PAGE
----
OT Cloud Enablement – Cloud Adoption Models

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This post has been republished via RSS; it originally appeared at: New blog articles in Microsoft Community Hub.

Over the past few years, we have assisted mining and manufacturing organisations in adopting the cloud to stay competitive by utilising the latest cloud technologies. We have observed that some organisations prefer to follow a Segregated Model, where there is a requirement to separate the Operational Technology (OT) and Information Technology (IT) environments in the cloud. This is often the case for large organisations where the operational priorities for OT (Integrity, Availability and Confidentiality) differ from IT (Confidentiality, Integrity, and Availability).

 

On the other hand, other organisations, typically small to medium-sized, prefer to adopt a Converged Model which is simpler, more cost-effective and does not require a separation of the OT and IT environments. These organisations prefer to have a tight integration between the OT and IT.  This blog post will discuss the pros and cons of these two approaches.

 

The Segregated Model

The Segregated Model is often adopted by large organisations that have already segregated their on-premises OT environment from IT and want to maintain this approach in the cloud. To extend this approach to Azure, this requires utilising a dedicated Azure AD tenant for OT. This allows for the application and control of separate security policies,  the maintenance of different system life cycles and management methodologies from IT. However, it will result in additional operational and management overhead, as well as duplication of management workloads and licenses. In an earlier post we discussed Extending Operational Technology to Azure in alignment with the traditional Purdue model. It’s worth reading the post to understand how an organisation would adopt the segregated model.

 

From an Azure management group perspective, we see a fully segregated management group structure as the model utilises two separate Azure Active Directory tenants. This creates full isolation from an identity perspective for the OT environment. A common structure we have seen among organisations, that is based on the Microsoft Cloud Adoption Framework (CAF) reference architecture, is illustrated below.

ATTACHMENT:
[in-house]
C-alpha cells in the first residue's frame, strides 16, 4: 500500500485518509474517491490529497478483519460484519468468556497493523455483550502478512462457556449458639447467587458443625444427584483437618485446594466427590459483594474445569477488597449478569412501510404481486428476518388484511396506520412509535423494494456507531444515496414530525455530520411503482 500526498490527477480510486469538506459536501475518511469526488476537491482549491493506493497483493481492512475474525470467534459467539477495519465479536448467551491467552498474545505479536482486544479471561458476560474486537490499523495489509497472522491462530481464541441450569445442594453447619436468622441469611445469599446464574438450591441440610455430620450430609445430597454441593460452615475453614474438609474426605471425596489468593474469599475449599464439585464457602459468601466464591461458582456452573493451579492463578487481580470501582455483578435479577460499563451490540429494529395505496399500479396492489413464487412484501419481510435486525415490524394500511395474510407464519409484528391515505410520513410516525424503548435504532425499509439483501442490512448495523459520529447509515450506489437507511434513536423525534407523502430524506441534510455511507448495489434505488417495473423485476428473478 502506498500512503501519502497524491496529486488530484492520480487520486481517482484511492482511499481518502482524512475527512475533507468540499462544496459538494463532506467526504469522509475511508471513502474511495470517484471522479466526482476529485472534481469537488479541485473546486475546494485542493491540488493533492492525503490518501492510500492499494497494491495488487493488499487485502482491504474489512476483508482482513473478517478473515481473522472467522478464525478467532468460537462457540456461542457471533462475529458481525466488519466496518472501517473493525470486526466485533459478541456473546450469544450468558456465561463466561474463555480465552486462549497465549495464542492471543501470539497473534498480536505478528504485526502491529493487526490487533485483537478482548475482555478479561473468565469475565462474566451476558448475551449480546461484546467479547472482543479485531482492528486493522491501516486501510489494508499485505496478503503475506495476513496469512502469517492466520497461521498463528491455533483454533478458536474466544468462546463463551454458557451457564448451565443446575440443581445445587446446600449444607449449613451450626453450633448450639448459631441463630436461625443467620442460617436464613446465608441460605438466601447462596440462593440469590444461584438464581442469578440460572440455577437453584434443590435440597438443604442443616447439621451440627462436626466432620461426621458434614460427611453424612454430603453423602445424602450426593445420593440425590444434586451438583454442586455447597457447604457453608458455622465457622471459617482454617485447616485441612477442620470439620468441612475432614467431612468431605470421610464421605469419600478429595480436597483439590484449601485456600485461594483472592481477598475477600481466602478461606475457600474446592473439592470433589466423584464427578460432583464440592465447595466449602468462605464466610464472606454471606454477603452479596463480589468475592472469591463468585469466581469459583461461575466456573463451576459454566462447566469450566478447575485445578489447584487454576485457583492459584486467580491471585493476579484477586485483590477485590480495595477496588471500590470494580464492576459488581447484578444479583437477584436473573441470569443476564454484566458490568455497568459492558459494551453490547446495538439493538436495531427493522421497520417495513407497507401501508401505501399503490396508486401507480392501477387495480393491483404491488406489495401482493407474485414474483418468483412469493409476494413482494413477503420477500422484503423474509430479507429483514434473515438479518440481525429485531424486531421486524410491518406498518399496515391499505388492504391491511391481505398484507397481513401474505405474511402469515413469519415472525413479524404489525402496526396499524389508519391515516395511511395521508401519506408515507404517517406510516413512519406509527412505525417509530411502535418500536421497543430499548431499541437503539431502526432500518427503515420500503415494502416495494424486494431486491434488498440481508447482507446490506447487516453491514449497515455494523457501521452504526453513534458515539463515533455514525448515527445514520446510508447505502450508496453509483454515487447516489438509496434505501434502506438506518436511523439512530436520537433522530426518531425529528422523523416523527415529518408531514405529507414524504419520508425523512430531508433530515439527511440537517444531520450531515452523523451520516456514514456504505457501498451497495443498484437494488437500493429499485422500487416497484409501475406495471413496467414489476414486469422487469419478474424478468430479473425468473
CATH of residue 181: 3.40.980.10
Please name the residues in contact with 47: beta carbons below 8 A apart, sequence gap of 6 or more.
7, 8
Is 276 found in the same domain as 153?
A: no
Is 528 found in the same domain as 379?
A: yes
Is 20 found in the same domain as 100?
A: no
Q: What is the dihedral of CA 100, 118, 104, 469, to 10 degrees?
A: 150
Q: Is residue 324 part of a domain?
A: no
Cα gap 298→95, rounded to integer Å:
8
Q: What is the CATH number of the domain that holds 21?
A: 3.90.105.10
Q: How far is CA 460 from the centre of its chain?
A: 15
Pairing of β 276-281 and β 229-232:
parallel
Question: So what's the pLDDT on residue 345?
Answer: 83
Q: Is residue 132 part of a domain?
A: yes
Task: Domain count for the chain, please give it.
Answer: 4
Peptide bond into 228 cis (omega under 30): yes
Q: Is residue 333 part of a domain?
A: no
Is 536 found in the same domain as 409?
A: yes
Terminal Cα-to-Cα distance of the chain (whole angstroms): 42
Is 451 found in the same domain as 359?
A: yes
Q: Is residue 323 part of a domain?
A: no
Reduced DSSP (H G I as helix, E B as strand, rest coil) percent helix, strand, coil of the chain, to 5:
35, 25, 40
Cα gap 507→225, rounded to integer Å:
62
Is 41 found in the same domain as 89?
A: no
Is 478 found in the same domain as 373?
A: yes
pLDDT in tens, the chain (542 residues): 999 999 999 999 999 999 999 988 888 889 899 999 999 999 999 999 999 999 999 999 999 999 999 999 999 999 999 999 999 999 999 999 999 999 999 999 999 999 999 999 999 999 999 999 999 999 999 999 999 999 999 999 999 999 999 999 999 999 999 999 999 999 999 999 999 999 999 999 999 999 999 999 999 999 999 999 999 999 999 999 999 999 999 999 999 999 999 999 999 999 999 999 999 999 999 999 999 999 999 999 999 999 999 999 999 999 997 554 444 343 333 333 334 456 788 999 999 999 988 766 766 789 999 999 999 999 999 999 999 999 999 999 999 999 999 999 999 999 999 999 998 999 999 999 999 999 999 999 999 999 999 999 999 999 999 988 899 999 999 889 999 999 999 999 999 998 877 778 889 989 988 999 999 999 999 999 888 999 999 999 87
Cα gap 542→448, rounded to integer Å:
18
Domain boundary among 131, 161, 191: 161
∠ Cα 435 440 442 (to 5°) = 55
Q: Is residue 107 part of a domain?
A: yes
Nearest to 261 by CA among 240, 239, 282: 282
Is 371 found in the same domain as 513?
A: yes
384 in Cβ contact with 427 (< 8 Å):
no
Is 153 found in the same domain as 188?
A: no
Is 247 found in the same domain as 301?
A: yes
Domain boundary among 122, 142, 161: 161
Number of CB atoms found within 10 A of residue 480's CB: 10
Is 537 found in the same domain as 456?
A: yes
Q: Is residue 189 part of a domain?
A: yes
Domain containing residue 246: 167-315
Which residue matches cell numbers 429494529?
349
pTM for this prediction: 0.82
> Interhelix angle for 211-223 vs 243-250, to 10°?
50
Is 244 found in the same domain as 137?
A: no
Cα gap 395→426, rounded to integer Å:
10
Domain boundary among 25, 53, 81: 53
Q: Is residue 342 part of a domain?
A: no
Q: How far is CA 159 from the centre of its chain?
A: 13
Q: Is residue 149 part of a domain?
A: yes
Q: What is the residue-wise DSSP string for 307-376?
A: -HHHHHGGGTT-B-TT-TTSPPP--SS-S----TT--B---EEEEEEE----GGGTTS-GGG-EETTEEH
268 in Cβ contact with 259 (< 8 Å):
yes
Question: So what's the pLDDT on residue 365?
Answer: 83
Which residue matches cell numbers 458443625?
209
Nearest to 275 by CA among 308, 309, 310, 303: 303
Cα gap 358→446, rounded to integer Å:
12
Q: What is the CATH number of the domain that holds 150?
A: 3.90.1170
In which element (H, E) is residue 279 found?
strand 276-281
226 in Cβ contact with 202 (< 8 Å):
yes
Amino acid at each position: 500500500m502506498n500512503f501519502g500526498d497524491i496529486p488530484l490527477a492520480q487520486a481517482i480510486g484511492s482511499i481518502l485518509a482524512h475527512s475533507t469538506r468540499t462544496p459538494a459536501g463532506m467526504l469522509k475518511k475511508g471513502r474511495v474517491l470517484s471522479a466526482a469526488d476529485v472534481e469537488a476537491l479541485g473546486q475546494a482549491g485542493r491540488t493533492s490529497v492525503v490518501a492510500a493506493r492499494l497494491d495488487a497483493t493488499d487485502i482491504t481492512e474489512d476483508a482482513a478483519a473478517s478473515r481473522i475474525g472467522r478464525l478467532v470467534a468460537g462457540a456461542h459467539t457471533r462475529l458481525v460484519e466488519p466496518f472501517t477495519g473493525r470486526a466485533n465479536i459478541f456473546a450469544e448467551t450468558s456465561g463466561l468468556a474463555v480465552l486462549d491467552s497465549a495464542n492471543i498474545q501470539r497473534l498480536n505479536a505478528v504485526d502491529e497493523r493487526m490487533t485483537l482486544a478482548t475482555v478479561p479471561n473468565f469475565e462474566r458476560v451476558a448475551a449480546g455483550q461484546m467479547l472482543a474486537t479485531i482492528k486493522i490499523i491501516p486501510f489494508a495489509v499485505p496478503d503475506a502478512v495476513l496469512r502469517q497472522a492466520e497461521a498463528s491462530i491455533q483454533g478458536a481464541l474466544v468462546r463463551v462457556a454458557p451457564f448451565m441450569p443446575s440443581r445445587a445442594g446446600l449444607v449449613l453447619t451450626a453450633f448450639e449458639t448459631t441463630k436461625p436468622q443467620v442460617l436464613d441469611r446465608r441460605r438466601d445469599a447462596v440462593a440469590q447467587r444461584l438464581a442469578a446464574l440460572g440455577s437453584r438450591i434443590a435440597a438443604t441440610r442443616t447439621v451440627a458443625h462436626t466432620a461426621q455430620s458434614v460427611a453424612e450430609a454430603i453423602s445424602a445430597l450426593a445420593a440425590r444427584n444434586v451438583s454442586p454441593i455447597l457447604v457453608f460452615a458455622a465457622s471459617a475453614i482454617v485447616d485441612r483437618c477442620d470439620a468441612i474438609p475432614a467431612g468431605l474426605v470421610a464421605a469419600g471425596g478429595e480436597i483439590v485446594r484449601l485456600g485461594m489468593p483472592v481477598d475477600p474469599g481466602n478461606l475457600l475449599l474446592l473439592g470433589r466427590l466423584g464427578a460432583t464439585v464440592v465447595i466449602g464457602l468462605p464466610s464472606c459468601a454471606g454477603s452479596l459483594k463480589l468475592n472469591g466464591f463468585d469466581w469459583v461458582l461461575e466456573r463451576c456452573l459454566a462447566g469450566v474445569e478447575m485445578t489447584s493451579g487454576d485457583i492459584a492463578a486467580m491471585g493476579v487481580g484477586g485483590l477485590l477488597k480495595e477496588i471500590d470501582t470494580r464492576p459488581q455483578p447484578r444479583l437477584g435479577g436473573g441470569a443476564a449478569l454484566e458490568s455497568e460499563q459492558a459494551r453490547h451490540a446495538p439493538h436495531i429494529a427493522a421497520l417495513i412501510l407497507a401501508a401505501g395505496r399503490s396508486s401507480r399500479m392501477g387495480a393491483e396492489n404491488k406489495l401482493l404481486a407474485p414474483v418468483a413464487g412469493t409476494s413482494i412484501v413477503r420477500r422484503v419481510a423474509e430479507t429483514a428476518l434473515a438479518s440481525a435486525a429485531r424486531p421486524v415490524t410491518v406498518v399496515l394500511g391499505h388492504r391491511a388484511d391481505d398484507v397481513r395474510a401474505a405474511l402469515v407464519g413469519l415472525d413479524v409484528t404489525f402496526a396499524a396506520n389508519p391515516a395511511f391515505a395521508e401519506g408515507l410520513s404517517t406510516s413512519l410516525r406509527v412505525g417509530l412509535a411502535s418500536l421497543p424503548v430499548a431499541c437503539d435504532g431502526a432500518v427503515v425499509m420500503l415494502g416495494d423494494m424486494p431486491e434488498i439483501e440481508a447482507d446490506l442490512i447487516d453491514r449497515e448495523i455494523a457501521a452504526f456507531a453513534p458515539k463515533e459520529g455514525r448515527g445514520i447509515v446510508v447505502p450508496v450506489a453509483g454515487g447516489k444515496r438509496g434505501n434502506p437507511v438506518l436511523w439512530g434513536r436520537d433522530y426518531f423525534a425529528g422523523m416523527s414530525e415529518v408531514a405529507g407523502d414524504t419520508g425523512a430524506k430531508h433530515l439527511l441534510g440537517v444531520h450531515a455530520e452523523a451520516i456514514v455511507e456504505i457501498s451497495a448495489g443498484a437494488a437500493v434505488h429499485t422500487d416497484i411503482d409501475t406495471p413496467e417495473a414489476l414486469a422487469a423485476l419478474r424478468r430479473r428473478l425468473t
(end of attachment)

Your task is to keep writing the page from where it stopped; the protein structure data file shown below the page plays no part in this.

sameeraman_1-1671767969474.png

 

A common network structure established while using the segregated model is illustrated below.  

 

sameeraman_2-1671768030034.png

 

Pros of the Segregated Model:

  • No impact to OT environments from IT security vulnerabilities
  • Aligns with the traditional Purdue model
  • OT environment separation/de-merge is easier (modular)

 

Cons of the Segregated Model

  • Operational and management overhead
  • Duplication of management workload
  • License duplication
  • Duplication of identities

The Converged Model

The converged model involves utilising the same Azure AD tenant as IT to on-board OT workloads. OT may have separate virtual networks from IT, however, may share the same hub/gateway network. From an identity and access perspective, they may segregate the OT workloads into dedicated OT subscriptions. This approach is becoming increasingly popular due to the overlap between IoT and OT and the cost savings that can be achieved through shared services. However, it also comes with security risks as OT is no longer segregated from IT. This model is often chosen by small to medium-sized organisations that are looking to simplify their environment and reduce the cost of implementation.

 

From an Azure management group perspective, the access management segregation was maintained as per below. Note that the from an identity perspective they are using the same Azure Active Directory for Identity and Access management in this model.

 

sameeraman_3-1671768117394.png

 

From a network perspective, OT and IT would share the same hybrid network connectivity. However, OT would have their own dedicated virtual networks specific for OT workloads. A central IT firewall could be utilised to govern the traffic that is routed from the OT on-premises networks that is connected to the Azure OT workload network. A common network topology for the converged approach is illustrated below.

 

sameeraman_4-1671768212655.png

 

Pros of the Converged Model

  • Less administrative overhead to manage.
  • Simple architecture
  • Cost savings through shared services (infrastructure and connectivity)
  • Single Identity and license cost savings.

 

Cons of the Converged Model

  • OT is no longer segregated from IT, which can impact security.
  • Deviates from the traditional Purdue model (if it's already being maintained)

 

Deciding on the right cloud adoption model for OT cloud enablement can be a challenging task for organisations. It requires careful consideration of the specific needs and goals of the organisation. This blog provides the pros and cons for both approaches to allow you to make an educated decision. If you are still unsure and have questions, we recommend consulting with experts to determine the best fit for your organisation.

 

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